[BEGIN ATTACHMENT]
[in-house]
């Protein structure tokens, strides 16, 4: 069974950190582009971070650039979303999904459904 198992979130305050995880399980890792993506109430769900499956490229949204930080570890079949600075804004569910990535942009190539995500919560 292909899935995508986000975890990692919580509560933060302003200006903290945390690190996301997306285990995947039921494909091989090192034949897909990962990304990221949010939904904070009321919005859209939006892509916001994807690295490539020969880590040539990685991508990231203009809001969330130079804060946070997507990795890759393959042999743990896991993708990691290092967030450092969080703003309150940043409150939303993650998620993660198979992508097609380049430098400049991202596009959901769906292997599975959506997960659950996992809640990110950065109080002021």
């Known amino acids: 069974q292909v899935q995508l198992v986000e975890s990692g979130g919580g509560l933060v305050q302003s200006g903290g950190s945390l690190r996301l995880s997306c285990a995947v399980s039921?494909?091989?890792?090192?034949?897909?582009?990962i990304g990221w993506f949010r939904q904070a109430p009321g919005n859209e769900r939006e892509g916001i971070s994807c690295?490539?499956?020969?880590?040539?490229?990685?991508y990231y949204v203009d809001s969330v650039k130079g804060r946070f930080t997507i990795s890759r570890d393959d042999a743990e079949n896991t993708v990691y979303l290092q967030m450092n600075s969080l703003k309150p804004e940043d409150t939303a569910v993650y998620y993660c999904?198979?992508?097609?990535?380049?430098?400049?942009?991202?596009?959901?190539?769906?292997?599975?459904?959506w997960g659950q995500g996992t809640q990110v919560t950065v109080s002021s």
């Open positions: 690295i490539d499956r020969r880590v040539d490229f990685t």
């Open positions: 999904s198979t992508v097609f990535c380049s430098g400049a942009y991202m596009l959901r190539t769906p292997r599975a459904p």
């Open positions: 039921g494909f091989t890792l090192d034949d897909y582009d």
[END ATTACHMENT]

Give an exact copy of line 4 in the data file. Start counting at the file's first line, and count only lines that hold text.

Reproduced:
């Open positions: 690295i490539d499956r020969r880590v040539d490229f990685t």